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Gender Equity in HIV/AIDS Education  

Kacie Kidd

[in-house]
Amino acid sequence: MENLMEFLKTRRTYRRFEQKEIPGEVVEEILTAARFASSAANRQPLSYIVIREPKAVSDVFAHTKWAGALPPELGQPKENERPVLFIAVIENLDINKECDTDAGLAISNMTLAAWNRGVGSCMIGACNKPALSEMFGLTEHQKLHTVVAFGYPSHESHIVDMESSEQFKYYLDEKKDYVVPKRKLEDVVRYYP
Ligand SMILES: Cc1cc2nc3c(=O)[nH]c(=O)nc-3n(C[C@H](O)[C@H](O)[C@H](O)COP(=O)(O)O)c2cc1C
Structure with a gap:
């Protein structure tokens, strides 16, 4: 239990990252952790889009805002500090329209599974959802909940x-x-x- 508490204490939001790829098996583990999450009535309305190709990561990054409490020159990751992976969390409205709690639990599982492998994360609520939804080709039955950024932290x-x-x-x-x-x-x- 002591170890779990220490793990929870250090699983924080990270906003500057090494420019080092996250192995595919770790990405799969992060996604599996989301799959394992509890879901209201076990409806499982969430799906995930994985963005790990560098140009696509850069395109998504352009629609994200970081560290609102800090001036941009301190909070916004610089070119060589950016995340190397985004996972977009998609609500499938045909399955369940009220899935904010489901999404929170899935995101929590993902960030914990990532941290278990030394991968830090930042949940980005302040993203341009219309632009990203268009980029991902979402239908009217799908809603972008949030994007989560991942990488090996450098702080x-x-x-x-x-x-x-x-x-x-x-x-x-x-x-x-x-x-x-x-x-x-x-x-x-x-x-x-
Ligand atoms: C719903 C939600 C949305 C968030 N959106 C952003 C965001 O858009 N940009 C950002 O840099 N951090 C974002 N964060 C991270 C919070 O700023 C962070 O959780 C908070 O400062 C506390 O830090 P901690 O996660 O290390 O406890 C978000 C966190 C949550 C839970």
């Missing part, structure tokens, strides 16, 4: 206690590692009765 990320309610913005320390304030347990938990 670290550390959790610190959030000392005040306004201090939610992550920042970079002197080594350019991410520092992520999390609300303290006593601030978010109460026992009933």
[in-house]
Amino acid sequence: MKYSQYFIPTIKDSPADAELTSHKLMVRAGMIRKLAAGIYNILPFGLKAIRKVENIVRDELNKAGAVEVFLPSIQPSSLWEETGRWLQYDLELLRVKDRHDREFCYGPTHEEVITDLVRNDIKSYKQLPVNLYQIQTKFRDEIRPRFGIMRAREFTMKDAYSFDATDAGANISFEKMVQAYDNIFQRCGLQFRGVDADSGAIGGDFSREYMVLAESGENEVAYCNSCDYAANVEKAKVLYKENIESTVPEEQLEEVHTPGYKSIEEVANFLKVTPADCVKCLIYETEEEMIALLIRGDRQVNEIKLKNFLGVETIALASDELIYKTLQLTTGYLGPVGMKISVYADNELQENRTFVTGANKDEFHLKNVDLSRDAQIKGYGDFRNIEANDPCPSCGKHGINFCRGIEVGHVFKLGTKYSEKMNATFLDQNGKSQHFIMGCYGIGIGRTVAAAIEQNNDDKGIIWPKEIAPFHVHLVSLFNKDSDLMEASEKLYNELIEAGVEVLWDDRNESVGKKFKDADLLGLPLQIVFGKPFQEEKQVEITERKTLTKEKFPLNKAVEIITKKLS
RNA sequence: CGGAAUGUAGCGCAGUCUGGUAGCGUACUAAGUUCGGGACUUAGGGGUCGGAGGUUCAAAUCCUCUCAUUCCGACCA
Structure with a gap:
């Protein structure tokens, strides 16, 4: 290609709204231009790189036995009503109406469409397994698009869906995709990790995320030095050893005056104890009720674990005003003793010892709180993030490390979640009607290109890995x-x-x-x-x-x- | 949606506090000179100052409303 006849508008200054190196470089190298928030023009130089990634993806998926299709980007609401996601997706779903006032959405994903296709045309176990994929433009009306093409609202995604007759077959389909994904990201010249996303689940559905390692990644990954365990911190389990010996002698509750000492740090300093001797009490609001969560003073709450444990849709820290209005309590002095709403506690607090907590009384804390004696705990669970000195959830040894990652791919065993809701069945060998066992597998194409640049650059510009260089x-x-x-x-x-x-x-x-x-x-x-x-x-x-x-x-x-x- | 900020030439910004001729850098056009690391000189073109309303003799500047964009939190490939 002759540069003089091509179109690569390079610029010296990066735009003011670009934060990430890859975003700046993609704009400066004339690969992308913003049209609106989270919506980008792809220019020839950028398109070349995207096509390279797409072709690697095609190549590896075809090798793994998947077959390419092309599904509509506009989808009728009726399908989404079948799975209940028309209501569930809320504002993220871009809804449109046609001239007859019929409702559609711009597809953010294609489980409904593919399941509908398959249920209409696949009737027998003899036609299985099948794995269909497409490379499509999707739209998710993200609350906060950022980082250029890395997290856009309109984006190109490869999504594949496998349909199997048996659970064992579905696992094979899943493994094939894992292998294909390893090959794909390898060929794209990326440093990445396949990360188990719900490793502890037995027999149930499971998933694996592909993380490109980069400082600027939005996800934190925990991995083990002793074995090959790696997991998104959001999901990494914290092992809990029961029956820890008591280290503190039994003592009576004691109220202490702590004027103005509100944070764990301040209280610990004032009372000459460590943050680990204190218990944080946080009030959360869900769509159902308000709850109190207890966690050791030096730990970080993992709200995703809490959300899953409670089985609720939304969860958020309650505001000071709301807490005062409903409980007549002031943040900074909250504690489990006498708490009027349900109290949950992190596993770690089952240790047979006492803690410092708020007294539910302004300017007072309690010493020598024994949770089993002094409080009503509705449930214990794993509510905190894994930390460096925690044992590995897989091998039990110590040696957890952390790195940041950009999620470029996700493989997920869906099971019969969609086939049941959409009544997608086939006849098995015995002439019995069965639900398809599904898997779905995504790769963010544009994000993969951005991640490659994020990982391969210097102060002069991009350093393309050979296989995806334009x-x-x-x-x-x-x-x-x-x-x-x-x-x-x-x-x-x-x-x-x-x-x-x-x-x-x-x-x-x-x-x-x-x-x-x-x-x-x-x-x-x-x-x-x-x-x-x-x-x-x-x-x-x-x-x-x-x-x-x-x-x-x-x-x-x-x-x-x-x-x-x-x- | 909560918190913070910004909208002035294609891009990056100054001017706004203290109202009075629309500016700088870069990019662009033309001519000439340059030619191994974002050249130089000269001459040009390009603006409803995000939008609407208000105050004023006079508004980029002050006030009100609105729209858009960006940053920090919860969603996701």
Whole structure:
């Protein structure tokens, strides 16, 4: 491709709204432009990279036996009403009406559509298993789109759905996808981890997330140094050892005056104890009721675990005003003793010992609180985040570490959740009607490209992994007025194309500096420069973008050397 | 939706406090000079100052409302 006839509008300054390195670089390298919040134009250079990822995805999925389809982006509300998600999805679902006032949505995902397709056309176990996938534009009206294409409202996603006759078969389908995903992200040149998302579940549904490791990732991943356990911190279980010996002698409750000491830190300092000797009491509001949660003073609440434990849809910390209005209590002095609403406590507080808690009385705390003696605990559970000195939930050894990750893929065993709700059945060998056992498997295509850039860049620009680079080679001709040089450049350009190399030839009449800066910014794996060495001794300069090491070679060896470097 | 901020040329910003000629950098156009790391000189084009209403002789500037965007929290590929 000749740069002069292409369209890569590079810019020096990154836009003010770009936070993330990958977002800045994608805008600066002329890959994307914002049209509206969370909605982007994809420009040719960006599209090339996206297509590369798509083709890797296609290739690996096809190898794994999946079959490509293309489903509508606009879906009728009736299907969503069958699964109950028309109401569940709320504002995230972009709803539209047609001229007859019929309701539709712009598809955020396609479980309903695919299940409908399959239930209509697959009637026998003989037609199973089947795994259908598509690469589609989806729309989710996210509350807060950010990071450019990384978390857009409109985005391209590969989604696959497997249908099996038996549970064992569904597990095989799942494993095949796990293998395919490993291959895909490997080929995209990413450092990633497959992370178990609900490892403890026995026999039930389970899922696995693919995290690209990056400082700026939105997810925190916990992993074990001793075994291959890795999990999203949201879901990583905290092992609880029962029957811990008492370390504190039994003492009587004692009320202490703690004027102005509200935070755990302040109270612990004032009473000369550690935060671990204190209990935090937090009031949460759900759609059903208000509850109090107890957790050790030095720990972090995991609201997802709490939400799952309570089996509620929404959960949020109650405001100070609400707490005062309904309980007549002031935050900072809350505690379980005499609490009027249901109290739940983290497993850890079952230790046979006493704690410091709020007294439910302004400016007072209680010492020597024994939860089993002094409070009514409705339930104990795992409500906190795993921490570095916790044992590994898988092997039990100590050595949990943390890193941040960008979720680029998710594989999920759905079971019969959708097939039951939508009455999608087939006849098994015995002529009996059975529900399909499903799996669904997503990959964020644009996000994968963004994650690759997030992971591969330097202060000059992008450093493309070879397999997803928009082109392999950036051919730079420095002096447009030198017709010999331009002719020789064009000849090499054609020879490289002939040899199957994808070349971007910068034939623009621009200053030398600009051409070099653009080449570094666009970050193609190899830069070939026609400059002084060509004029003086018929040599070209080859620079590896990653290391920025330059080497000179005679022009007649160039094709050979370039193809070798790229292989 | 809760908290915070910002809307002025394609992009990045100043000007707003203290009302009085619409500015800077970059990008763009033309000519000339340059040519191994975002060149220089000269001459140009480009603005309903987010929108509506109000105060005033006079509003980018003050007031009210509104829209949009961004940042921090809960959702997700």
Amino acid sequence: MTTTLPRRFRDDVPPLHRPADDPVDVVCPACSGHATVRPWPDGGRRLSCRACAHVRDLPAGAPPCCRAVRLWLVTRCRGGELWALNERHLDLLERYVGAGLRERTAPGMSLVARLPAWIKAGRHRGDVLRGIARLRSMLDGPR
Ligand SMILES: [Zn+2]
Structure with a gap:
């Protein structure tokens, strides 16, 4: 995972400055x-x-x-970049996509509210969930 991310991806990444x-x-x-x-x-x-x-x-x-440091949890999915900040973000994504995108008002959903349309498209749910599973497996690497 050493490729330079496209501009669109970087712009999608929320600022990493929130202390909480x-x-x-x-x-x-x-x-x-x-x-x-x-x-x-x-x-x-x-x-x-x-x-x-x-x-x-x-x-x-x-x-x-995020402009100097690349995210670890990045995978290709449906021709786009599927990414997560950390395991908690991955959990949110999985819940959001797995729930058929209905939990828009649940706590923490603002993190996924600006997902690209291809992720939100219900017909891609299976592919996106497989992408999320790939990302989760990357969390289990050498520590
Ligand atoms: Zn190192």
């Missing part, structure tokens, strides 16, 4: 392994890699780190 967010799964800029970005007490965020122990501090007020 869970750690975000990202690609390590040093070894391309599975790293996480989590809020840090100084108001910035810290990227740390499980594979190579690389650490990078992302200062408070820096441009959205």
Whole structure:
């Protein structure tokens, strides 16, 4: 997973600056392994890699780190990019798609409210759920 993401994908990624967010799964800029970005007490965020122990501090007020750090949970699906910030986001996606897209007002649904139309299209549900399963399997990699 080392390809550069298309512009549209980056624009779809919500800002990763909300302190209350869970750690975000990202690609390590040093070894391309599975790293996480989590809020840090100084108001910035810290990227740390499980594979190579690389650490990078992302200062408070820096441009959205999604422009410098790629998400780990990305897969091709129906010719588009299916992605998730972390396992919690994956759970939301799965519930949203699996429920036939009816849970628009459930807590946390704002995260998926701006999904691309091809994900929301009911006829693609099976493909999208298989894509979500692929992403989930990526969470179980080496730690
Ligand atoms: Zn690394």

Since its initial discovery in the early 1980s, through the development of treatment and prophylaxis medications as well as continued attempts at vaccination development, HIV/AIDS has changed the narrative about infectious diseases around the world. It has led to recognition of the complexities of the intersections of sexuality, gender, race, age, culture, and socioeconomic status while simultaneously highlighting gender inequities in all aspects of the disease. These inequities present in clinical trials that include only subsets of the population, prevention strategies that are offered based on oversimplified assumptions about sexual behaviors, and limited education about risk for everyone from schoolchildren through medical professionals. Activists and public health advocates push for inclusion and transparency in research and treatment for HIV/AIDS, but education at all levels has lagged. The United Nations and the International Conference on Population Development have declared school-based sex education a goal for all countries in order to reduce the health burden of HIV/AIDS. Sex education in schools varies between and within countries, with no standardization of how to best educate youth about sex, reproductive health, or disease prevention. Despite continued challenges with curriculum incorporation and content, research suggests that key qualities of an effective educational program include the creation of a safe space for student questions, inclusion of diverse voices, and clear guidance for preventing sexually transmitted infections such as HIV/AIDS. In order to mitigate continued inequity over the next several decades and beyond, comprehensive HIV/AIDS education must emphasize the intersectionality of gender, sexuality, race, age, culture, and socioeconomic status at all levels from elementary introductions through training for medical and mental health researchers and providers.